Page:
Q&A with Deckhand Madison Bailes of M/Y Unbridled

21 September 2021 By Erica Lay

Owner of international crew agency EL CREW CO in Mallorca, Spain, Erica has been a freelance writer since 2008. She loves engaging with the projects she works on, diving headfirst into the research, investigation, and production of the stories she feels are newsworthy. A curious and proactive journalist, she draws on her own life experiences, her studies, and her work with crew all over the globe.

Deckhand Madison Bailes

Name: Madison Bailes
Position: Deckhand
Yacht: M/Y Unbridled
Length: 35.4M/116'2"
Builder: Crescent
Years in current position: 4 total as deckhand, 2 as captain on small boats
Years in industry: 6
Previous vessels: M/Y Pelorus, M/Y Benita Blue, S/Y Cuan Law
Nationality: Canadian

Becoming mate is a good goal for anyone who plans on working their way up the ranks on deck. Or eventually a captain, but that is a whole lot of responsibility and admin on superyachts. I personally enjoy being a captain on smaller vessels.

I grew up on a sailboat — 10 years living aboard from five to 15. But I became a dive instructor in 2010 and got my first deck/dive gig.

If I weren’t on a yacht, I would probably be swimming…but work-wise I have no idea. I will always make a living on or in the water.

The long hours are the toughest part of the job. Otherwise, just staying motivated, especially mid-season with nonstop back-to-back charters. I’ve been very lucky to always work alongside awesome crew and great captains; that definitely lightens the load.

My advice for those looking to get started is to get out on the water! Get experience, make mistakes, and learn. Get as many courses under your belt as possible.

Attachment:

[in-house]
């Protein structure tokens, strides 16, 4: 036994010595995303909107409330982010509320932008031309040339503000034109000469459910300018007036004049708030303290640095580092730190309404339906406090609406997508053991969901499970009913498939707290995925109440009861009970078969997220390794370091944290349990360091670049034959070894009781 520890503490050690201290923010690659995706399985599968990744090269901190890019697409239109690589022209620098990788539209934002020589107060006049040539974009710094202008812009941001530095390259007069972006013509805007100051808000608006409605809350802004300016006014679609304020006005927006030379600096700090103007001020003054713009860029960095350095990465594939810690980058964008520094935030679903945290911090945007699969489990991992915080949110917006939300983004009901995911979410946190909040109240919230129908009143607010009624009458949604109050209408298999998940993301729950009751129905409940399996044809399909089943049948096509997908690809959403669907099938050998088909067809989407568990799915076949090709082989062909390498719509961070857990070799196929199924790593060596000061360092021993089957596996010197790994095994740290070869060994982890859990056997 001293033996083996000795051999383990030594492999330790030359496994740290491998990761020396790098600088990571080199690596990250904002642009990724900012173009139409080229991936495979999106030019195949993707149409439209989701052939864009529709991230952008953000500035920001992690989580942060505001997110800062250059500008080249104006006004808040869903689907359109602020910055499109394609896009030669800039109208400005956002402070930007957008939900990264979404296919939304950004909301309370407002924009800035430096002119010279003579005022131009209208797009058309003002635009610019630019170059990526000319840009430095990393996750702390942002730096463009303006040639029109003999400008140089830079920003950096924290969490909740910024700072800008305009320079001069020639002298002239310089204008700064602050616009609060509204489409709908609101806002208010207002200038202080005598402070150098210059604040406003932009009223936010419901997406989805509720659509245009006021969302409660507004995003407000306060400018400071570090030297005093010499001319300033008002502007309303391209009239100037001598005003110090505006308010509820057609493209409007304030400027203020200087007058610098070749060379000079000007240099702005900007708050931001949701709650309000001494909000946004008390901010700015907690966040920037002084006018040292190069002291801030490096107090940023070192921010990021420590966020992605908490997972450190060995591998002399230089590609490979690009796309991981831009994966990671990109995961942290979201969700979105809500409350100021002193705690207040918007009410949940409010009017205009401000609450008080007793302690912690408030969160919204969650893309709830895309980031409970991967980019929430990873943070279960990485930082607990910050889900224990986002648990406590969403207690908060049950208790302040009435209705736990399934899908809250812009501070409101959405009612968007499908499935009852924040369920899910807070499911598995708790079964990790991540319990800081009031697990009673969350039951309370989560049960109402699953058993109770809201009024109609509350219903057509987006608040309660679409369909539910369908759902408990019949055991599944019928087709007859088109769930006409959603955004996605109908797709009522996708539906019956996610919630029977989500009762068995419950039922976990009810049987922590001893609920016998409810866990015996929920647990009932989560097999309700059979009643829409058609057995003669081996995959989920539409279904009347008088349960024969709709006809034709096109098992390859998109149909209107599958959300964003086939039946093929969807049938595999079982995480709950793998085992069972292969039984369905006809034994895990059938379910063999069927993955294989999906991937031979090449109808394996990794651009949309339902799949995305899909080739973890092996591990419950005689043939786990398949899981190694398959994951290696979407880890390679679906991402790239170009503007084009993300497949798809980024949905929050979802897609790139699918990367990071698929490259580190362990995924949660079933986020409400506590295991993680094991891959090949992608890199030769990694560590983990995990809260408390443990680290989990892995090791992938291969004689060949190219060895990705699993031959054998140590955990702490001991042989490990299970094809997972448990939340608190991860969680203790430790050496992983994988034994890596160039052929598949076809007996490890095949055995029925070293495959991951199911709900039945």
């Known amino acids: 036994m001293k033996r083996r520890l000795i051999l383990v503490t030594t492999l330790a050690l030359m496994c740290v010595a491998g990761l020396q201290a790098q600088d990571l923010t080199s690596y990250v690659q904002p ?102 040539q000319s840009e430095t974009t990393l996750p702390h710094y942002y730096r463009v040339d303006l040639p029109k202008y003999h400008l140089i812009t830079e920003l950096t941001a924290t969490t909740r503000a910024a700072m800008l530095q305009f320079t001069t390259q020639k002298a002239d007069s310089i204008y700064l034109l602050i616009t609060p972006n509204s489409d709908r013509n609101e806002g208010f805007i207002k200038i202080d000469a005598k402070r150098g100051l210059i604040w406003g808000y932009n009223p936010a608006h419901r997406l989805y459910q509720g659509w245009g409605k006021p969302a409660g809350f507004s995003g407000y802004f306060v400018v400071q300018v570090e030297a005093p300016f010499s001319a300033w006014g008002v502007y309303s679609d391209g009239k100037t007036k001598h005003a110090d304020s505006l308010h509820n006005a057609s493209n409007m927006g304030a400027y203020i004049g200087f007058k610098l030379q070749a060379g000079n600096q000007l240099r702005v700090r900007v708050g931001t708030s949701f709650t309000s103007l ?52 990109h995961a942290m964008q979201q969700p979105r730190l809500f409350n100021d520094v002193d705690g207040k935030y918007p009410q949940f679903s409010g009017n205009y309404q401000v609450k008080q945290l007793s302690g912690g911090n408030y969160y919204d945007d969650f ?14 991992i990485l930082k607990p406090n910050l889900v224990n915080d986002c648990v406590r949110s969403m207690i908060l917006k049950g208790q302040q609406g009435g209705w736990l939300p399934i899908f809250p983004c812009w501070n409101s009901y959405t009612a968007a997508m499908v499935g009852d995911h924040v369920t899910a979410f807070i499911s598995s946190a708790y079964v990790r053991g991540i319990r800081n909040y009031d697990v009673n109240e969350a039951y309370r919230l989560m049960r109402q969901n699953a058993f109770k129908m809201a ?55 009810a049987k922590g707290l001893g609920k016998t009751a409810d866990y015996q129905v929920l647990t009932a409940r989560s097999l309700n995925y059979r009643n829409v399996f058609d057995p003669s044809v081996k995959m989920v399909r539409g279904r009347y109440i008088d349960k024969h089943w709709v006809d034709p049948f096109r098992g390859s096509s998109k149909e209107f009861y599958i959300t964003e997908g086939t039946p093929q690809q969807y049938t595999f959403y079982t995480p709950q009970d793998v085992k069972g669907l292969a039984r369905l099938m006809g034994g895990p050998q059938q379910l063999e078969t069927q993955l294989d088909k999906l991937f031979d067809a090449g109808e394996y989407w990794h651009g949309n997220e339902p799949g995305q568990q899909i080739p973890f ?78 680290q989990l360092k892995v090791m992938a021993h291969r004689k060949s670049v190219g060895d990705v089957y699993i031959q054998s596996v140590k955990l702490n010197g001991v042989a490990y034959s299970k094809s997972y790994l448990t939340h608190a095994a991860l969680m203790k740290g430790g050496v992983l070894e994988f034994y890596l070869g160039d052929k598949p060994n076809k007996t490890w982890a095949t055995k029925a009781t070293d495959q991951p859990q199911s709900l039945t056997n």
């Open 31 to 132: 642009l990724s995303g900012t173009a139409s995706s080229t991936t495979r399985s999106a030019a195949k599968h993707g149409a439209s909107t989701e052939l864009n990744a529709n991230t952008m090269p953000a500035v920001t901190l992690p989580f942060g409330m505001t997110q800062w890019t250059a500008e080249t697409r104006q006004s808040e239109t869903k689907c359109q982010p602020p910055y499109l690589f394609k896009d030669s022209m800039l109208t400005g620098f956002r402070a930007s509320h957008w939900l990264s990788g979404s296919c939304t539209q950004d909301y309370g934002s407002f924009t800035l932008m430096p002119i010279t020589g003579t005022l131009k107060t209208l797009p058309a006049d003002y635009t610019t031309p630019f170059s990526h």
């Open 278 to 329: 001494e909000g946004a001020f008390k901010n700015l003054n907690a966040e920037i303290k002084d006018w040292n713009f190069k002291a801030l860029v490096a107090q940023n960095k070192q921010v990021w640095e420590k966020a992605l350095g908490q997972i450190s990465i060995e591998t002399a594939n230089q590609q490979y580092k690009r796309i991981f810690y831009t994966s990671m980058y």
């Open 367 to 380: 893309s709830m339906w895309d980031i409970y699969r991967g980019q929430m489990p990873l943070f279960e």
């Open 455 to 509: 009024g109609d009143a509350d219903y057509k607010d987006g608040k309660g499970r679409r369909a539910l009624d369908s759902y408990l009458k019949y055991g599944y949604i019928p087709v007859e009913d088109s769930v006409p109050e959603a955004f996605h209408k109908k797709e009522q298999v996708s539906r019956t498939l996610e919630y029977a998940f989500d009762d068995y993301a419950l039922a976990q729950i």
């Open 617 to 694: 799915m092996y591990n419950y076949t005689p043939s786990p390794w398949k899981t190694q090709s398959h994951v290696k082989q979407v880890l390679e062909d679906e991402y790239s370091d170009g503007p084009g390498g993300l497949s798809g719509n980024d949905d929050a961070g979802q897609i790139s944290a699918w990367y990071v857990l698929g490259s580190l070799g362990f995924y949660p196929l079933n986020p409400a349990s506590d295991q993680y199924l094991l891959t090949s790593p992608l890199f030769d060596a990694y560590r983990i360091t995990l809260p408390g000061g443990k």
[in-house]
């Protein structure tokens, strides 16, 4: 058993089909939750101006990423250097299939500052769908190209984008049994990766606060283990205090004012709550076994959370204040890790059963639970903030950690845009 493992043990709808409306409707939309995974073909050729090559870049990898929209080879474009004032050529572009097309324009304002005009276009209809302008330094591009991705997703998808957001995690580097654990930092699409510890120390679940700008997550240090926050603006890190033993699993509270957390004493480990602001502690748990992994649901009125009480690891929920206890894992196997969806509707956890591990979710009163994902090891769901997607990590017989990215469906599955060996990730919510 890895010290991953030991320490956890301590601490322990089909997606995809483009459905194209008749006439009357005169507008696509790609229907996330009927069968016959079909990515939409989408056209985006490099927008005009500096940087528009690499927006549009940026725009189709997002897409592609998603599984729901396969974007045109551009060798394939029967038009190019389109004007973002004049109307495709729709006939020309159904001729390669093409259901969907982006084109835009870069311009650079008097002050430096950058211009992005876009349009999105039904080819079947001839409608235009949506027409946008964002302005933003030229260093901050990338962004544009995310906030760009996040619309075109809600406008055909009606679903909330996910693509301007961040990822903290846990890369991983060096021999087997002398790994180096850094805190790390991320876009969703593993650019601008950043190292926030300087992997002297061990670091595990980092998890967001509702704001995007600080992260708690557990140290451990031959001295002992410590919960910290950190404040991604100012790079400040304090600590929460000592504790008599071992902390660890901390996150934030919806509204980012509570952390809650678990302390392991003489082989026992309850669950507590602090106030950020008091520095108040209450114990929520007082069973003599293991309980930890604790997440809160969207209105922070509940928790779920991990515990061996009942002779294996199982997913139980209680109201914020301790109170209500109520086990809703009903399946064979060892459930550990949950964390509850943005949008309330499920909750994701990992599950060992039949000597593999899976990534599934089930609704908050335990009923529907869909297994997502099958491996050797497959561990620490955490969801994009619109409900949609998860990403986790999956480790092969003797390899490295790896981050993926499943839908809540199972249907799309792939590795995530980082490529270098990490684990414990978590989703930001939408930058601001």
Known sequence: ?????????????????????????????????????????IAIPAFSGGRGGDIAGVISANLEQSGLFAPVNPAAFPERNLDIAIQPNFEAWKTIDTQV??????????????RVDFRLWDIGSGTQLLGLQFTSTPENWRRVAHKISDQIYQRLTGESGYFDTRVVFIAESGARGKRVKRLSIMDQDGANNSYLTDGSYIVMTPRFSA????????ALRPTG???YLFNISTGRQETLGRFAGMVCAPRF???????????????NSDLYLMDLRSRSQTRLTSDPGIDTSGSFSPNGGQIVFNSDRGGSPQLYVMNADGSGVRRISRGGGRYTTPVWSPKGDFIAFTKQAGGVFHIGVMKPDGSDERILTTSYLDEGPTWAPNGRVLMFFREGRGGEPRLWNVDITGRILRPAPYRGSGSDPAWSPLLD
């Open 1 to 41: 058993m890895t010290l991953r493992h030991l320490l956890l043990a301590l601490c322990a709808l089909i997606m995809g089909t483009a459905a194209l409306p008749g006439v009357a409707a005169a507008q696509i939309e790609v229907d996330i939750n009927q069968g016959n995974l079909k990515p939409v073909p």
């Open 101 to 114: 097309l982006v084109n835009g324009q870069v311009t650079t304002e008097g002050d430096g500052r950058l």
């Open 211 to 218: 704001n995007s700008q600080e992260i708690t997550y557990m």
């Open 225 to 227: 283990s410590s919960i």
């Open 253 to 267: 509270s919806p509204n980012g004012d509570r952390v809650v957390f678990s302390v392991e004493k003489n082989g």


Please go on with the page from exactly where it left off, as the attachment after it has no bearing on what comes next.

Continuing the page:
My advice for those looking to impress on the job is a good work ethic! Look around; what needs to be done? Do it! And not just on deck — if the trash needs to go out or if you see an opportunity to lend a hand in another department, then be that person. There’s no such thing as, “That’s not my job.”

I think every skill you have is going to ultimately add value to you as a crewmember. I was a diver before I was a yachtie and now I’m doing both and it is the best job I’ve ever had. Lots of boats have owners who want to surf, dive, kite surf, and if you have those skills, you are going to stand out from the crowd.

Besides obvious invaluable experience, I’d say the most important thing I’ve learned on board is people skills. Learn to live and work with so many personalities and backgrounds.

I’m proud of myself often just for conquering little things, like rescuing a tender or having a previously terrified new diver coming up with a huge smile. I’m pretty proud of my licenses, getting my sailing instructor’s certification, and when I got to hand-steer Pelorus (115 meters!) through part of the Suez Canal. I also got to dock Unbridled — I felt like such a badass that day.

My best deck hack: Oxy and vinegar (not together) for the teak. This brightens her right up. Rinse, rinse, rinse! And keep those wash lockers organized!

This article originally ran in the July 2021 issue of Dockwalk.


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